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Atlas on S^2

  1. Feb 3, 2015 #1
    Now, this is kind of embarrassing, but I've been trying to do this for too long now and failed: I want to construct an atlas for ##S^2##, but I want to use spherical coordinates rather than stereographic projection.
    Of course the first chart image is simply ##\theta \in (0, \pi), \varphi \in (0,2 \pi)##, which is in a sense the sphere without a line along ##\varphi = 0## going from ##\theta =0## to ##\theta = \pi##.
    All I want now is a second chart that is in a sense "complementary" to the first one, that is I want to cut the sphere along the ##\theta= \pi /2##, ##\varphi \in ( \pi/2 , 3 \pi /2)## line and use a spherical coordinate system for the rest with a simple transition function that just shifts the angles. Is this even possible? If so, how?
     
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  3. Feb 4, 2015 #2

    Orodruin

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    Unless you change the axes that define your spherical coordinates you will not be able to do this as the poles will always be left out. However, you can do it by using spherical coordinates based on a different axis, but this will not be related to the first by a simple shift of the angles.
     
  4. Feb 4, 2015 #3
    Thanks. I kind of expected that it wouldn't work, but did not want to believe it, because it makes things way more complicated...
    Then I have to solve
    $$ -\cos \varphi' \sin \theta' = \cos \varphi \sin \varphi $$
    $$ \cos \theta' = \sin \varphi \sin \theta $$
    $$ \sin \varphi' \sin \theta' = \cos \theta$$
    for ##\theta, \theta' \in (0, \pi); \varphi, \varphi' \in (0, 2 \pi)##, which is a PITA.

    But I think I know the way out now: I just use 3 charts
    $$ \theta_0=\theta; \theta_1= \theta + \pi/2 ; \theta_2 = \theta - \pi /2 $$
    $$ \varphi_0 = \varphi ; \varphi_1 = \varphi - \pi /2 ; \varphi_2 = \varphi - \pi/2 $$.
     
  5. Feb 4, 2015 #4

    Orodruin

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    It is not clear to me what you intend by these charts. The big problem in using different parameter ranges for one definition of spherical coordinates is that the poles will be singular in that definition and therefore you will not be able to cover them using any chart without rotating the axis wrt which you are defining the spherical coordinates. This is why stereographic coordinates are very helpful as you can easily cover all of the sphere except one single point using one chart and then you just take the stereographic projection based on the antipodal point for the next chart and you have an atlas with two charts where each chart is only missing a single point.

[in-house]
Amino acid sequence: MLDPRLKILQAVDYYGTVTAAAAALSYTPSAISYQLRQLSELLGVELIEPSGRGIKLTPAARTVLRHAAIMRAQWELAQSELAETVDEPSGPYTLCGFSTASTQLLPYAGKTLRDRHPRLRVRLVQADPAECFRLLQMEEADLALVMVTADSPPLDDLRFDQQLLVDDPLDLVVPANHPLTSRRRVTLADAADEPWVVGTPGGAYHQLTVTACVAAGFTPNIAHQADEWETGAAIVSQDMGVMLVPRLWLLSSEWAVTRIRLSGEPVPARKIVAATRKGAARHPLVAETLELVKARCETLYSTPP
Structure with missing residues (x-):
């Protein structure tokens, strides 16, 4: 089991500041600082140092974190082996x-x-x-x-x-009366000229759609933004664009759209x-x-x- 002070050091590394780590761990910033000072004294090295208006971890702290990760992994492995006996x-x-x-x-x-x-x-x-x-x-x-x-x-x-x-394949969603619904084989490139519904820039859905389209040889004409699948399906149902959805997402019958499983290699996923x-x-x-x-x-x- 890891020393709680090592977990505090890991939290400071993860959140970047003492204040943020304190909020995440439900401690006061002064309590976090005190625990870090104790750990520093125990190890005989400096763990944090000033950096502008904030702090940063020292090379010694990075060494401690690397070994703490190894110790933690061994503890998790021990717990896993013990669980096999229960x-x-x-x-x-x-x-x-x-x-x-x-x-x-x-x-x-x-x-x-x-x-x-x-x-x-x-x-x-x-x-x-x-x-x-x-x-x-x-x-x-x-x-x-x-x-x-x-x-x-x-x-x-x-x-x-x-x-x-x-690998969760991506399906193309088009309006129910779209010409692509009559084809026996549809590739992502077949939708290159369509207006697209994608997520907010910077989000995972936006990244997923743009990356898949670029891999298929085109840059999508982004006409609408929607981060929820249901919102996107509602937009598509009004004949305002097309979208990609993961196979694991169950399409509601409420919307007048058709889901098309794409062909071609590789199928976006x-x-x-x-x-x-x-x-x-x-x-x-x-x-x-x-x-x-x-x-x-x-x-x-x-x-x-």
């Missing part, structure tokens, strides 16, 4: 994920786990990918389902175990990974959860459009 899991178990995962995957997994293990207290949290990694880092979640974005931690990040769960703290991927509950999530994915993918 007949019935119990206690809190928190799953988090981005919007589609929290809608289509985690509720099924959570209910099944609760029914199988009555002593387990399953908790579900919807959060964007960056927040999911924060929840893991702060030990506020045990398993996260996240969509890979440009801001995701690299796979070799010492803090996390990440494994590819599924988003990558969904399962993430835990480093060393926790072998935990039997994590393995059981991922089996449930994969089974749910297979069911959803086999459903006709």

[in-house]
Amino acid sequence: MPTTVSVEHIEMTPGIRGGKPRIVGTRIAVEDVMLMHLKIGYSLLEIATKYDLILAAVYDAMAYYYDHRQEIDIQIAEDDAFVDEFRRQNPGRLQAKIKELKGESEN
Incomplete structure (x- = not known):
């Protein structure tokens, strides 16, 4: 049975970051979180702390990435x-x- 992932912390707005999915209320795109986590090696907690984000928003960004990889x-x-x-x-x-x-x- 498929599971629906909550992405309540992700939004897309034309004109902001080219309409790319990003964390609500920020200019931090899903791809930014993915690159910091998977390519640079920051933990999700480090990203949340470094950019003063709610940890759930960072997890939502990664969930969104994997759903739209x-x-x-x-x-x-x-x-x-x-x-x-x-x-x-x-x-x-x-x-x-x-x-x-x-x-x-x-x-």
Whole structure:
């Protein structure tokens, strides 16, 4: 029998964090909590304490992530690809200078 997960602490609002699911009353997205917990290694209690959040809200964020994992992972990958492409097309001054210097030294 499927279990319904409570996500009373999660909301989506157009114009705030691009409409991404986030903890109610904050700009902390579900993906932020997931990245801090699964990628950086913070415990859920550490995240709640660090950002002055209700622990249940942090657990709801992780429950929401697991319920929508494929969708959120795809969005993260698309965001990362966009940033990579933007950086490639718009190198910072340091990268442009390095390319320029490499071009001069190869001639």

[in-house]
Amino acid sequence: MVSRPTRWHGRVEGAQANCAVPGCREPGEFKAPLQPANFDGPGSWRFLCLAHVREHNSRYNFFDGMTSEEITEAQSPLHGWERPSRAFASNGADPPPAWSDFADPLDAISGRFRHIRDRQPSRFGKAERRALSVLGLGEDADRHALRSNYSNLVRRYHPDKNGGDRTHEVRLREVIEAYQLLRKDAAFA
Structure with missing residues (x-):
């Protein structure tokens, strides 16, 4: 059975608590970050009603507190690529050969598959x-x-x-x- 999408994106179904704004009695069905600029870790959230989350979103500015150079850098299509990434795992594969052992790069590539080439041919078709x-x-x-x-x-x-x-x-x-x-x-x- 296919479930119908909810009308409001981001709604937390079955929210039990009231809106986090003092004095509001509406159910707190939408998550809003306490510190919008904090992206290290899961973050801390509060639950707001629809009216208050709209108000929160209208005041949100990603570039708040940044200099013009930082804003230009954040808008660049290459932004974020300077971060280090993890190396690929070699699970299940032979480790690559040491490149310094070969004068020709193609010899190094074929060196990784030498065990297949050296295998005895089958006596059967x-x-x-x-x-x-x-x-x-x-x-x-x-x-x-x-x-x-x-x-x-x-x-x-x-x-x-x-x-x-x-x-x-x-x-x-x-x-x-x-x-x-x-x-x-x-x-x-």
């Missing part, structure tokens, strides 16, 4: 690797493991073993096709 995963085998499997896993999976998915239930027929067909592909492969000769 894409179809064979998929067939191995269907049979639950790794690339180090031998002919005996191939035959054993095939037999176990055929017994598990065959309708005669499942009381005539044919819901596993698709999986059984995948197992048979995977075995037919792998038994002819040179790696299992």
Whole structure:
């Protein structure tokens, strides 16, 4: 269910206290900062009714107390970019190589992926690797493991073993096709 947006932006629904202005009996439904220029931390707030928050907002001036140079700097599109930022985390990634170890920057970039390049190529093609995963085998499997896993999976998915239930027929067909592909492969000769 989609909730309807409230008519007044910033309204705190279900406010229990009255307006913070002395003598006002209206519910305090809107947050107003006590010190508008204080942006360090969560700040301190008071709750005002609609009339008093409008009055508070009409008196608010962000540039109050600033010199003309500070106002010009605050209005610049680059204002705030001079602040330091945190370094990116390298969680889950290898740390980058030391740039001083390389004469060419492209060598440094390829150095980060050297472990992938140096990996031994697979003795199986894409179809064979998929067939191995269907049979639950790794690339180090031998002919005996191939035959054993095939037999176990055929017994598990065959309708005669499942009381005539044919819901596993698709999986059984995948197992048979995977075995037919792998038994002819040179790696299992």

6. Feb 4, 2015 #5
    Yes, I know, but the problem is that my sphere is not really embedded in ##\mathbb R ^3##, I actually started with the chart image and a metric on that chart image in something that is analogous to spherical coordinates (Schwarzschild coordinates on a yet to construct Schwarzschild spacetime) and then glued that image into a sphere and now I'm just looking for a simple way to turn this thing into a manifold by defining charts with simple transition functions.

    EDIT: The transformation ##\theta \to \theta \pm \pi/2## is an axis rotation.
     
  7. Feb 4, 2015 #6

    Orodruin

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    Well, you do not need to embed your sphere into R3 in order to parameterise it using a stereographic projection. The stereographic projection is still a parameterisation and the only thing is that it is relatively easy to visualise it using the embedding.
     
  8. Feb 4, 2015 #7

    Ben Niehoff

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  9. Feb 5, 2015 #8
    I guess I'll just use stereographic projection then, because I don't want to overcomplicate things. Still I have a sense that it is possible to do what I said employing the spherical symmetry, but oh well...
     
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